The foundation of the Christian faith is the dogma of the Trinity. This truth is fundamental, but also bewildering -- how to approach it? I decided to enter "into the mystery of the Trinity" in part one by replicating the process by which this truth gradually emerged. Unlike the Koran (or the Book of Mormon), the Christian faith was not revealed by a single sacred text imparted at a moment in time; even the table of contents of the Bible grew over many centuries. How did we come to profess (as millions of Christians do every Sunday when they recite the Creed) that there are three Persons in one God, and what difference should that make for us?

I start my story where most stories end: at a tomb. As the great apologist Ronald Knox once wrote: "The message that electrified the first century was not, 'Love your enemies,' but, 'He is risen.'" The disciples, shocked and despondent after the horrendous and humiliating crucifixion of their Master, found his tomb empty and met the risen Christ. More than resuscitated, he was radically transformed in a glorified human nature, the new Adam of a new human race.

These startling encounters changed the fearful disciples into bold evangelists, confidently asserting Christ's Resurrection in the very city where he had been executed. This event led them to re-examine the meaning of his death: far from being the tragic interruption of a fruitful ministry, it had been the goal of Jesus' life and the means of our salvation. This in turn prompted them to revisit a question -- indeed, the question -- Jesus had put to them earlier: "Who do you say that I am?" The answer was that Jesus was truly our brother, a human being like us, but also Emmanuel, God-with-us, in a way whose literalness defies our limited imagination. From the understanding that the Son is truly God, and the Holy Spirit whom he sent from the Father is also God, the dogma of the Trinity gradually took shape.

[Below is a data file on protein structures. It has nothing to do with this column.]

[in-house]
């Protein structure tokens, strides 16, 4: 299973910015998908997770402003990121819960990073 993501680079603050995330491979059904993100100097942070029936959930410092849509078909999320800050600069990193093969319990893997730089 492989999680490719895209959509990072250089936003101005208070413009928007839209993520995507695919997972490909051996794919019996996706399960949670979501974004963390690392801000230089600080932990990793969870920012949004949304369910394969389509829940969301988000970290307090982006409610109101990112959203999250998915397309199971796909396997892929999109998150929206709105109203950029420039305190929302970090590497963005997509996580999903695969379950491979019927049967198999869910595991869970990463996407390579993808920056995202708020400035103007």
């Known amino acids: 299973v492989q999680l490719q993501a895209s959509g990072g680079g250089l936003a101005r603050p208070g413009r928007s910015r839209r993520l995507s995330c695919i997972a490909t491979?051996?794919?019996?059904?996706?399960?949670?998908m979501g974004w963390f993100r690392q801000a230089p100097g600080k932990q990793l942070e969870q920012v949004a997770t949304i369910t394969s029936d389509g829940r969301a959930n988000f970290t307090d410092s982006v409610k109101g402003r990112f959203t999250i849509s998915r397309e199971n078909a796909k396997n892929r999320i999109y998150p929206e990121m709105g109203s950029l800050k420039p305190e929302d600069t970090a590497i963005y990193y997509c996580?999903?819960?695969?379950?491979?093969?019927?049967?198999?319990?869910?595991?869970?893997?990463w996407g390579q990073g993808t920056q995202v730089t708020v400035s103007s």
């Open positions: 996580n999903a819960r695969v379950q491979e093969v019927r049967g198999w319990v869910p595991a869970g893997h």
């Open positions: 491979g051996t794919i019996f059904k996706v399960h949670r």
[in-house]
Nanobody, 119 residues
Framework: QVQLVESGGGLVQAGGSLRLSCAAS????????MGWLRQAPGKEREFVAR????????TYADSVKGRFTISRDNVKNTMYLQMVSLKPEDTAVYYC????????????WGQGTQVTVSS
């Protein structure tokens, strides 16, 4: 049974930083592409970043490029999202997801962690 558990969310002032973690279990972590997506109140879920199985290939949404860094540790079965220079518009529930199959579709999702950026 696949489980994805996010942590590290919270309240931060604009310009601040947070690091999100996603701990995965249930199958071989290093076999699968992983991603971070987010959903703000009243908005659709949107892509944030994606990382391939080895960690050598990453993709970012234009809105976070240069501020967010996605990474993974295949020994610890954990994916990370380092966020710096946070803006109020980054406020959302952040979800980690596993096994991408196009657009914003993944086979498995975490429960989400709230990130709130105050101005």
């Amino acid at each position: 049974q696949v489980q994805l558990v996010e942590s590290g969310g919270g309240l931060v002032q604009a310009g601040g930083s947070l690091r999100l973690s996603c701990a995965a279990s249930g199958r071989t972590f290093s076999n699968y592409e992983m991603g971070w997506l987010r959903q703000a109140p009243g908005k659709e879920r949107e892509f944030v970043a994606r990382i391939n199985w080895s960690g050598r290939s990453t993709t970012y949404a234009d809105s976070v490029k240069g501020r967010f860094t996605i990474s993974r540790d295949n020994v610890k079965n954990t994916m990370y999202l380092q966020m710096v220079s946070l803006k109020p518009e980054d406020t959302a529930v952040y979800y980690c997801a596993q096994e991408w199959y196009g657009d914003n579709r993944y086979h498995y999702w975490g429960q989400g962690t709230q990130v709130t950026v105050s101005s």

The understanding of that fundamental reality matured over several centuries, but the raw material, the data, was all to be found in the experience of those first disciples, preserved in the Church's communal memory and recorded in the pages of the New Testament. The Catholic Church has handed on this apostolic faith for two thousand years, pondering it like Mary in the Gospels, guided by the Holy Spirit to an ever-deeper understanding of the truth that sets us free.

But the Church is not some bureaucracy, issuing ever more complex editions of the Gospel, like some kind of ecclesiastical tax code. We live in the mystery of the Trinity, and everything in our Catholic life is shaped by the dogmas of the Trinity and Incarnation. Part two of Into All Truth looks at the other beliefs that shape our lives through those two lenses: the nature of the Church, the authority of the Pope and bishops, the Scriptures, the life of grace, the sacraments, the place of Mary in Catholic belief, our future destiny -- all these must be seen in relation to the Trinity and the Incarnation if our understanding of Catholicism is to be a matter of faith and not simply sociology.

I hope that Into All Truth will provide a glimpse at the basic beliefs of Catholics as they appear from the inside, for my fellow Catholics and for non-Catholics alike.

Milton Walsh is the author of Into All Truth: What Catholics Believe and Why.